Analysts: Halo 3 to push Xbox business into the black

Goldman-Sachs expects first-week sales of Bungie's shooter to reach about $170 million, giving Microsoft's gaming division its first profitable quarter.

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There's no question that Halo 3 is going to be big. Several weeks ago, a rumor surfaced that GameStop had already collected an outlandish 4 million preorders for the game. Today, a quartet of Goldman-Sachs analysts released their own projections for the game's September 25 launch, with numbers nearly as gaudy.

While Halo 3 is releasing right at the end of Microsoft's first fiscal 2008 quarter (which runs from July through September), Goldman-Sach's industry watchers are expecting the game to contribute about $170 million in revenue for the quarter, with more than 4.2 million copies shipped into the retail channel. That's nearly one copy for every three Xbox 360s in the world, going by the analysts' projections of an installed user base of 13.2 million by September.

They also note that the $170 million figure could be low by as much as $50 million if they've lowballed the installed user base. Microsoft's tendency to put revenue from games on its books as soon as they're shipped out could also boost the revenue number, as could any change to the analysts' royalty model, which assumes Microsoft keeps 80 percent of the retail price on first-party games.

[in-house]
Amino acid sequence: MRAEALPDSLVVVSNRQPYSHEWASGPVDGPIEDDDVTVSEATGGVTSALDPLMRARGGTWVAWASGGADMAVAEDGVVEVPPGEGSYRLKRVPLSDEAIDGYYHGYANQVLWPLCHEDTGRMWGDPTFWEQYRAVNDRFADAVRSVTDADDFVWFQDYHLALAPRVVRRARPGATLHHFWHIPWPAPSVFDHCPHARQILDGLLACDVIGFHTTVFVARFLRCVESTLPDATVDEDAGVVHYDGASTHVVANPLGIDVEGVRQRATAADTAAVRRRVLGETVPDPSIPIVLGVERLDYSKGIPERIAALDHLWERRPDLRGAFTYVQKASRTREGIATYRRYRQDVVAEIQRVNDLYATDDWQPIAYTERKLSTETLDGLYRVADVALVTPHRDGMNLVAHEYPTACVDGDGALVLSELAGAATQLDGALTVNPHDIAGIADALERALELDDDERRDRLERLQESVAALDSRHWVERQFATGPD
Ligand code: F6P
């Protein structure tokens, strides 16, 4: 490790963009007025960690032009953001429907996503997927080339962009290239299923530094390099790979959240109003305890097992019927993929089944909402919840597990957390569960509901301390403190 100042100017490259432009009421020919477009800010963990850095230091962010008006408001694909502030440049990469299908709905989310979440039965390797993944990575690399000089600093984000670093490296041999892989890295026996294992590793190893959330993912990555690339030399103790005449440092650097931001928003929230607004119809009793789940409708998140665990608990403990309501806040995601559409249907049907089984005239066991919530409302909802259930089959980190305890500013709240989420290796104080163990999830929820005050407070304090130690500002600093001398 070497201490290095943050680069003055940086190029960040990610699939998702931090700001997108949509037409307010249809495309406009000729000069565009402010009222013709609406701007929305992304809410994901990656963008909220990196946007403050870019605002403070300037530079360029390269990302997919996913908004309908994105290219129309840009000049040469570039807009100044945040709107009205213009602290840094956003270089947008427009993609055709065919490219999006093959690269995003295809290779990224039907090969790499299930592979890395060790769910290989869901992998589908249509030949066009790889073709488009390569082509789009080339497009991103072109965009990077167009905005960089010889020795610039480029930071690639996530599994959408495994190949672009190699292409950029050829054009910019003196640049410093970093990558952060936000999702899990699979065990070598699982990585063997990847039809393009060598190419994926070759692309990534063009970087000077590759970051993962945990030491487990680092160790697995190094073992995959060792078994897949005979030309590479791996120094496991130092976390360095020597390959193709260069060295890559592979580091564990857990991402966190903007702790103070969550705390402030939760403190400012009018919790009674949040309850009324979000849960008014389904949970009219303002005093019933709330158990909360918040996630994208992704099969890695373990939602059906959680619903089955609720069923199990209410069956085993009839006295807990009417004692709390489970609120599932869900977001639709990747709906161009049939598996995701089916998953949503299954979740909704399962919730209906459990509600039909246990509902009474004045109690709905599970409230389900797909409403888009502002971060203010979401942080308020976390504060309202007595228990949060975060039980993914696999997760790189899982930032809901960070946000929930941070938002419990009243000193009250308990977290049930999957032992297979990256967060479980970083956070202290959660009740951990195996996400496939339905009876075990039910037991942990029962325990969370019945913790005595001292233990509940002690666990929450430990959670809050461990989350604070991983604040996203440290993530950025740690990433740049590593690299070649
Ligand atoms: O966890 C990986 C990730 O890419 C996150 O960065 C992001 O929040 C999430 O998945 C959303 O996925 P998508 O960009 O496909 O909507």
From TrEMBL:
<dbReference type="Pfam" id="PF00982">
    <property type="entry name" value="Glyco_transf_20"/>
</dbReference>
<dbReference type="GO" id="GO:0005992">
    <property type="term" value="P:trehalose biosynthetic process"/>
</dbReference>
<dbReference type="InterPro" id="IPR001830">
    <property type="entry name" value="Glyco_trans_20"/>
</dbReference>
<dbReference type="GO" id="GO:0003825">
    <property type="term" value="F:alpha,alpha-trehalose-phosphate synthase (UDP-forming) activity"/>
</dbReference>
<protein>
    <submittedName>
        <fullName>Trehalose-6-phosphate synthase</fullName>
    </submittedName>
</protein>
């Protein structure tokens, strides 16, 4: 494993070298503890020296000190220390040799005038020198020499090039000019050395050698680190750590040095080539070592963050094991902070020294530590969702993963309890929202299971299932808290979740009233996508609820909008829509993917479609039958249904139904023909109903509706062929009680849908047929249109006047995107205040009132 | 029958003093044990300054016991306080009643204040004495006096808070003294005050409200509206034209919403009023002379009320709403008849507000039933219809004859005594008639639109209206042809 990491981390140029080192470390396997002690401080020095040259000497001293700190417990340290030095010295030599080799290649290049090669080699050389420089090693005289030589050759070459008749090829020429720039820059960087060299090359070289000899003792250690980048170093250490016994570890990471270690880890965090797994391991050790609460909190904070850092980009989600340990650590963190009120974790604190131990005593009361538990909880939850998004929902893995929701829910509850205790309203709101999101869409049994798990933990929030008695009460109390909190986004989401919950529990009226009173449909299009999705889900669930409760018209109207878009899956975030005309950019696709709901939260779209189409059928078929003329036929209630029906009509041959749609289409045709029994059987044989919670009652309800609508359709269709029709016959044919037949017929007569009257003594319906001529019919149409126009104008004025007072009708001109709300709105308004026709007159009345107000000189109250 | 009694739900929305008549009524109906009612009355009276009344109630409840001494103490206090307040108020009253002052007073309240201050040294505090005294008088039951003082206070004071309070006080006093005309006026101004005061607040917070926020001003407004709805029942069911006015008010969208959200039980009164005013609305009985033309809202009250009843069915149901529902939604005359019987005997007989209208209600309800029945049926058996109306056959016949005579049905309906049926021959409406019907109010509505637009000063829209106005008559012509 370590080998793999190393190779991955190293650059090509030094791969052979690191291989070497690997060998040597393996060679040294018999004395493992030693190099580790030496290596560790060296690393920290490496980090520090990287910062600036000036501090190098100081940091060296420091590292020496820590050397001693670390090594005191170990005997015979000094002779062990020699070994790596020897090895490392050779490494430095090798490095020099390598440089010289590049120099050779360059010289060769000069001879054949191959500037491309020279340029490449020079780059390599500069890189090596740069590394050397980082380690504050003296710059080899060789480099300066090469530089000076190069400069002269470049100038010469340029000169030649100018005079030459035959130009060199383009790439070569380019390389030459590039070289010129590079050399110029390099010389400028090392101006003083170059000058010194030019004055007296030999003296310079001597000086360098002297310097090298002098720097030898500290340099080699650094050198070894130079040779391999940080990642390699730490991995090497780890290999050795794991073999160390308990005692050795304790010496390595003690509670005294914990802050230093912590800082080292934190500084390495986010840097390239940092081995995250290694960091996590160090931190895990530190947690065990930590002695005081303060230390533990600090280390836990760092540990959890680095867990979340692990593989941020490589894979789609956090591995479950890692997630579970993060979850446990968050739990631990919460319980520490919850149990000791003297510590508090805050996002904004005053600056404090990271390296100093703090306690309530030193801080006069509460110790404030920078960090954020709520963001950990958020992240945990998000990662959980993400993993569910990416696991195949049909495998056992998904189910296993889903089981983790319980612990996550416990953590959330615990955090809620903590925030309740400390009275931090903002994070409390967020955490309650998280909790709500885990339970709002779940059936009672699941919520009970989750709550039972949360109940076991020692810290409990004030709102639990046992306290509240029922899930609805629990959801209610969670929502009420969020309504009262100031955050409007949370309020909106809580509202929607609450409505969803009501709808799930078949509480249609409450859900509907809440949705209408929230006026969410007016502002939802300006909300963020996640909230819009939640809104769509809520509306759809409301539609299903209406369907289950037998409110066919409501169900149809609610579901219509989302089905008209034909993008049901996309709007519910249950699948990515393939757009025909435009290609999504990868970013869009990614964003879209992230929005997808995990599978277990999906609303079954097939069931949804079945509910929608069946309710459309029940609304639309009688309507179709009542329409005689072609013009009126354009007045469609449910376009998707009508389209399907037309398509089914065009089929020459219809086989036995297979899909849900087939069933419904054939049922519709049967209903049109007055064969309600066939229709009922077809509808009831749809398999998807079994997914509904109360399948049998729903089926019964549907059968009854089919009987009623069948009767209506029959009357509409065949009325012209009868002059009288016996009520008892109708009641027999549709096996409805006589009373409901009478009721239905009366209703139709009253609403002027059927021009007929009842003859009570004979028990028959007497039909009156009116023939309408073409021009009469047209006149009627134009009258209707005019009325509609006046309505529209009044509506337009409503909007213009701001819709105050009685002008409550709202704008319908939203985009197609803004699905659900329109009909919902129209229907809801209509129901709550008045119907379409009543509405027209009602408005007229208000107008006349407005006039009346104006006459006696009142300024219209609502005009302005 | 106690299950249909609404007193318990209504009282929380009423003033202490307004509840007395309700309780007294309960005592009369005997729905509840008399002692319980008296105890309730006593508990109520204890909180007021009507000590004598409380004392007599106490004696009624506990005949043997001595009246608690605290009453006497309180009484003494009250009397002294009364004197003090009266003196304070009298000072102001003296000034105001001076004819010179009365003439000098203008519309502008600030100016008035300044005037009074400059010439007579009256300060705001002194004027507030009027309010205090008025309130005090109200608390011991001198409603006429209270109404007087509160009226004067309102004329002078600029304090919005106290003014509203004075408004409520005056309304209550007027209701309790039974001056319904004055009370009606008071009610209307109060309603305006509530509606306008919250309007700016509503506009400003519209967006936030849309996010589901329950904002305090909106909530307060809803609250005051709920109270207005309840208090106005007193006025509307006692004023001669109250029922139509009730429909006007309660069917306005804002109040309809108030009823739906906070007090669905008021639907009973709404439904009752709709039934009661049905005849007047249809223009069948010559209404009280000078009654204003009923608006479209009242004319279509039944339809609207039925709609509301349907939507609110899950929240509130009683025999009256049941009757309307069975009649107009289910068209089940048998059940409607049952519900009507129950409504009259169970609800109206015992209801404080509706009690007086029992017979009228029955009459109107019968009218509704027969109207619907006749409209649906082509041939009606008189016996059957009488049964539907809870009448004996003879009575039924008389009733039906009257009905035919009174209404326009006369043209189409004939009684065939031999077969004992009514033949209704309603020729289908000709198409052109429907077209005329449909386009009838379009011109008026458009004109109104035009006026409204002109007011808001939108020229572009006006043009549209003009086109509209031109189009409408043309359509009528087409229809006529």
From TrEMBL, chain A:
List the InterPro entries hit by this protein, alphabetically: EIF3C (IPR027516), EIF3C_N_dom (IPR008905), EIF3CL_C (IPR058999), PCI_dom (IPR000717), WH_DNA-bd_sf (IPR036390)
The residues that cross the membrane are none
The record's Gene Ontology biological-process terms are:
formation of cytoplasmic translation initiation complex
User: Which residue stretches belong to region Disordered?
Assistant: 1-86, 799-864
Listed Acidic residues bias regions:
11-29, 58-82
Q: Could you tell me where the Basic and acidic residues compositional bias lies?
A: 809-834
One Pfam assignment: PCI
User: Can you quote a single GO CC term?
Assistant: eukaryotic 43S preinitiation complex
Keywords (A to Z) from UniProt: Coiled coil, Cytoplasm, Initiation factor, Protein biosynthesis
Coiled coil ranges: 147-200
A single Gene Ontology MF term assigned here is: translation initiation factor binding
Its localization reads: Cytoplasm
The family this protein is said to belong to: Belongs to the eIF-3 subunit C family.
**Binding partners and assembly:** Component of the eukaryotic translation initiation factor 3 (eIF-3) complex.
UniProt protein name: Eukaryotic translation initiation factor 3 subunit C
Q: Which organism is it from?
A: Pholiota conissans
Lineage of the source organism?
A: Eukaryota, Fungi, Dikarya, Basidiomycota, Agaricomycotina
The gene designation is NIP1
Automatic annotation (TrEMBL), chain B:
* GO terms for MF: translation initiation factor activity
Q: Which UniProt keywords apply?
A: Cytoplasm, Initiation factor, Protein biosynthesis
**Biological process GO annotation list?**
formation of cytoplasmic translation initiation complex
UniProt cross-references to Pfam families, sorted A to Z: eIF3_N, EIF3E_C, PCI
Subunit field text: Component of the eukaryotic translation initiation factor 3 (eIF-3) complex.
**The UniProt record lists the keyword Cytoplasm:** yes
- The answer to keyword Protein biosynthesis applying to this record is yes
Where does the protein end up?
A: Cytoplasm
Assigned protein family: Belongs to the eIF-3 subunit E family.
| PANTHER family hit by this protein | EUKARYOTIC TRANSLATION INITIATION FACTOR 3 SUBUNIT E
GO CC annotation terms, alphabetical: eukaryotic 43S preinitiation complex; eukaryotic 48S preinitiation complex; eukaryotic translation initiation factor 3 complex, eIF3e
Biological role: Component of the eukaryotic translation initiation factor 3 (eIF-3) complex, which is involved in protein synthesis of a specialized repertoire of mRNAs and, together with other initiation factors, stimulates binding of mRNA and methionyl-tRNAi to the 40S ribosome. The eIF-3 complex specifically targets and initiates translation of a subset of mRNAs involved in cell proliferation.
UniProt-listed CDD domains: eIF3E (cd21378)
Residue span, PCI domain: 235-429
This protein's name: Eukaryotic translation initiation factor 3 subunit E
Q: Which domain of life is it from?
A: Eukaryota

For comparison, Halo 2's November 2004 launch came in the middle of Microsoft's financial quarter, when the original Xbox installed user base was 19.9 million. Microsoft sold 7.5 million copies by the end of the quarter (38 percent of the user base), with 2.38 million sold on day one, according to the analysts.

Perhaps more significant than the sales figures that Goldman-Sachs expects Halo 3 to put up is the analysts' expectation that by the end of its first week of release, the game will have driven Microsoft's Xbox division to its first profitable quarter ever. Microsoft has been touting its fiscal 2008 as the turning point in the entertainment and devices division for some time, as Robbie Bach first made mention of the profitability goal in July of 2006.

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